Unconventional and Well-Known Trade Marks
York University - Osgoode Hall Law School
Singapore Journal of Legal Studies,pp. 1-19, 2005
This paper considers two fields of trade mark law which have expanded in recent years. Unconventional trade marks involving sounds, smells and shapes have started appearing on trade mark registries in Europe and the United States. The owners of well-known marks like Coca-Cola, which has long been firmly protected against imitators and "free riders", have also not been content with the protection they receive under national laws and have managed apparently to secure even more advantages from national legislatures and international fora. The United States-Singapore Free Trade Agreement of 2003 compelled Singapore to strengthen its trade mark laws to encompass these developments. This paper examines unconventional and well-known marks from a comparative, primarily European law, perspective. It argues that the expanded protection accorded to these marks is not self-evidently a good thing in public policy terms. It concludes that re-forming the law is not the same as reforming it.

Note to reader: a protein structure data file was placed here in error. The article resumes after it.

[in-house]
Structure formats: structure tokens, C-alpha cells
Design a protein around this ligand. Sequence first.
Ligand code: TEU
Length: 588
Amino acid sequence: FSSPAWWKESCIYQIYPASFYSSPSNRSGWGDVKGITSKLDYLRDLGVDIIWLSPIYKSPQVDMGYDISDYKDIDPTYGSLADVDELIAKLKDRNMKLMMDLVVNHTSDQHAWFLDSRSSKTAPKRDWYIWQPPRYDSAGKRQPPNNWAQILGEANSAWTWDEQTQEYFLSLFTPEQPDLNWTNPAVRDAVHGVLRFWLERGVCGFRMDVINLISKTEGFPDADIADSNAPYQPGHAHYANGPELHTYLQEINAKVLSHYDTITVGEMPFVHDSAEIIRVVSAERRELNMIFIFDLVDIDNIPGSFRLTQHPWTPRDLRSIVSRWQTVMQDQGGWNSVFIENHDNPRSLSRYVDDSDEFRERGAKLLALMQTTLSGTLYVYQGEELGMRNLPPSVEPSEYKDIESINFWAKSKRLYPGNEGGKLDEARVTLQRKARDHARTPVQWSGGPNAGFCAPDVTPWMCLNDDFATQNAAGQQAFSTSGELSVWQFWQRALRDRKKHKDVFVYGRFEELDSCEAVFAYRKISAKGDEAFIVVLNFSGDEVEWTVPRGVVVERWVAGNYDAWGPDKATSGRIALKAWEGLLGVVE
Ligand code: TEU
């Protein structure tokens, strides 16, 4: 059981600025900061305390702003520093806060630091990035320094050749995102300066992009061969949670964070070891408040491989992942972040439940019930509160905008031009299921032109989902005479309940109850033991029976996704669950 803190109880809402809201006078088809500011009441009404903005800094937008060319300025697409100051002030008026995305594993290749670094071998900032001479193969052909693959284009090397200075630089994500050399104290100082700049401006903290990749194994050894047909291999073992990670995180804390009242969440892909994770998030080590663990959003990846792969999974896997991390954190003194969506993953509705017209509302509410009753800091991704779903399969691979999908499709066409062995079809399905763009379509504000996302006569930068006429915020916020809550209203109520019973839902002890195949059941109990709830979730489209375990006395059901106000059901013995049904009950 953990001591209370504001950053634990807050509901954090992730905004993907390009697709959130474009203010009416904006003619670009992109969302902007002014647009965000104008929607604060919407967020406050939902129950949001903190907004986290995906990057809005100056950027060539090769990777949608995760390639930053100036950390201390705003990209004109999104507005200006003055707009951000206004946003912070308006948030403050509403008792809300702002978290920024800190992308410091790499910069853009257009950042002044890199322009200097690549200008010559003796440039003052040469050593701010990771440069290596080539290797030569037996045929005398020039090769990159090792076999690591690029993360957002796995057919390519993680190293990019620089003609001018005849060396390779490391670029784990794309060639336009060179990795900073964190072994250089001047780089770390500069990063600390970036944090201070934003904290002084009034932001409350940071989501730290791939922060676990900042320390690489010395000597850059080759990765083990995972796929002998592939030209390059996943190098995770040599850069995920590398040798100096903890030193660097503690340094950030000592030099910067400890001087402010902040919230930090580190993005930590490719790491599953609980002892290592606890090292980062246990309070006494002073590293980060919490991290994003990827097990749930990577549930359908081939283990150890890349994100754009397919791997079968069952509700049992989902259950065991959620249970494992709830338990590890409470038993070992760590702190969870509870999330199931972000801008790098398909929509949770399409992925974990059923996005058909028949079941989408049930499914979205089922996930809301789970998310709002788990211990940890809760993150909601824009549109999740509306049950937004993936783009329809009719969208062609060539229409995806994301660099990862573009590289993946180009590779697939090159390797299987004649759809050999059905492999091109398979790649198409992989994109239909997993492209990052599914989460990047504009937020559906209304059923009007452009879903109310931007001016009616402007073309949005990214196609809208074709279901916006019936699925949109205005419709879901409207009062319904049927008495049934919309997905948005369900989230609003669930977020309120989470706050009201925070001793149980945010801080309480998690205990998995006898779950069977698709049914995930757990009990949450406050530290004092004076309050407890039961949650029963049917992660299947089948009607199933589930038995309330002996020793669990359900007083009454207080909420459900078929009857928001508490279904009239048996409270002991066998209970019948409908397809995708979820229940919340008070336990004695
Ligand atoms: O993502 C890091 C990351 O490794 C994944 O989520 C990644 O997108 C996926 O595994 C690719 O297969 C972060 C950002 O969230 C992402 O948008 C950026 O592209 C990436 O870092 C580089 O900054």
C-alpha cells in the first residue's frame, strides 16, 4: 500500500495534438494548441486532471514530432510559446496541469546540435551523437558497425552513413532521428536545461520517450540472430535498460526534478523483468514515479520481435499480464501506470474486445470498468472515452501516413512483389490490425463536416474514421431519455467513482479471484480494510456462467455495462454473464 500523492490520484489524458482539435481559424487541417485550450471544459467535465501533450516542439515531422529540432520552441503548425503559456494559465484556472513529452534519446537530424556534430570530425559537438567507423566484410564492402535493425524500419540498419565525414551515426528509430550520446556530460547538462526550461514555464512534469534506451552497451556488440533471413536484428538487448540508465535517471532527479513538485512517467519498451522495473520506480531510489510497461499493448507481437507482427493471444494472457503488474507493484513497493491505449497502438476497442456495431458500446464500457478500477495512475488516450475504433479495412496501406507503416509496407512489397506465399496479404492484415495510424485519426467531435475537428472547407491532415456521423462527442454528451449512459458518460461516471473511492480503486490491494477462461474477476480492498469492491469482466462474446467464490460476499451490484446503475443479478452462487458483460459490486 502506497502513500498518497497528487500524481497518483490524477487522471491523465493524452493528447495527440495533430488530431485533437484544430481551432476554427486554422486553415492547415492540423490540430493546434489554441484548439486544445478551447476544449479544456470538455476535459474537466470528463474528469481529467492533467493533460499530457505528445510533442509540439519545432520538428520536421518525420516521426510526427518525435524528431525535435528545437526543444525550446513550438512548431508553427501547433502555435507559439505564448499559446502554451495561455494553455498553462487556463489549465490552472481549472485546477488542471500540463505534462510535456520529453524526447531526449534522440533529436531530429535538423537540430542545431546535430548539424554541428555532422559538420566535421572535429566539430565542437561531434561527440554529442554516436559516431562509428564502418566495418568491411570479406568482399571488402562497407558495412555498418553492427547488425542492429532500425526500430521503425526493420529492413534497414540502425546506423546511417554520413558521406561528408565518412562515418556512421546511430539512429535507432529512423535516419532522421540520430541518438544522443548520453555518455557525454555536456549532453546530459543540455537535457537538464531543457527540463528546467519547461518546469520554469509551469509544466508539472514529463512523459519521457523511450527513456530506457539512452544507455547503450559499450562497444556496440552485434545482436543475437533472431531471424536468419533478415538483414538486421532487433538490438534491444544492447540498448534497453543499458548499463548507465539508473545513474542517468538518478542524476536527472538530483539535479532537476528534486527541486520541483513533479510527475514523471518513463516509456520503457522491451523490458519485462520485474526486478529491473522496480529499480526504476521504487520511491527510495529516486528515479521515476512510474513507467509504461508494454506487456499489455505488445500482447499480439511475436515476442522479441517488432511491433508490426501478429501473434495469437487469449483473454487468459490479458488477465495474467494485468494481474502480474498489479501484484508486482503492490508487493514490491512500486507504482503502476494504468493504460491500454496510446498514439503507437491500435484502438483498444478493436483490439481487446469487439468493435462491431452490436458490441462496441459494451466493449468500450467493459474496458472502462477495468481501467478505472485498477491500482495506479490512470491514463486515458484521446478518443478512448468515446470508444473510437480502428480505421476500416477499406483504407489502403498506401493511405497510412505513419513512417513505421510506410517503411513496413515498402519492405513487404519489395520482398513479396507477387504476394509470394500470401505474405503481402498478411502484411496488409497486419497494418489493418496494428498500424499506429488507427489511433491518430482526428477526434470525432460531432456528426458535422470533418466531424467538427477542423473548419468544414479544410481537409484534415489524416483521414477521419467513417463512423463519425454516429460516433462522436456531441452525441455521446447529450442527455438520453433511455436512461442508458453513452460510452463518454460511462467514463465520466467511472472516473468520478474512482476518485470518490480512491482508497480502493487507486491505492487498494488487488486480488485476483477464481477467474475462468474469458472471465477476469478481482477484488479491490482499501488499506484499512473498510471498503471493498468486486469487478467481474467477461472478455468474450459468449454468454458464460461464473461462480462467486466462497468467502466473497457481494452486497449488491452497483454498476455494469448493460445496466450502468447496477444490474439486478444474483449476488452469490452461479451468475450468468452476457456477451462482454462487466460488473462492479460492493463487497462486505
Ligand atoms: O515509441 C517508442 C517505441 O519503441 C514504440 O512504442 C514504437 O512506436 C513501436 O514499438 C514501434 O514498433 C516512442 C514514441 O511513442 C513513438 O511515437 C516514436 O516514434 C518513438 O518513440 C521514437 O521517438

Number of Pages in PDF File: 19Accepted Paper Series
Date posted: December 18, 2006
© 2013 Social Science Electronic Publishing, Inc. All Rights Reserved.
This page was processed by apollo2 in 0.359 seconds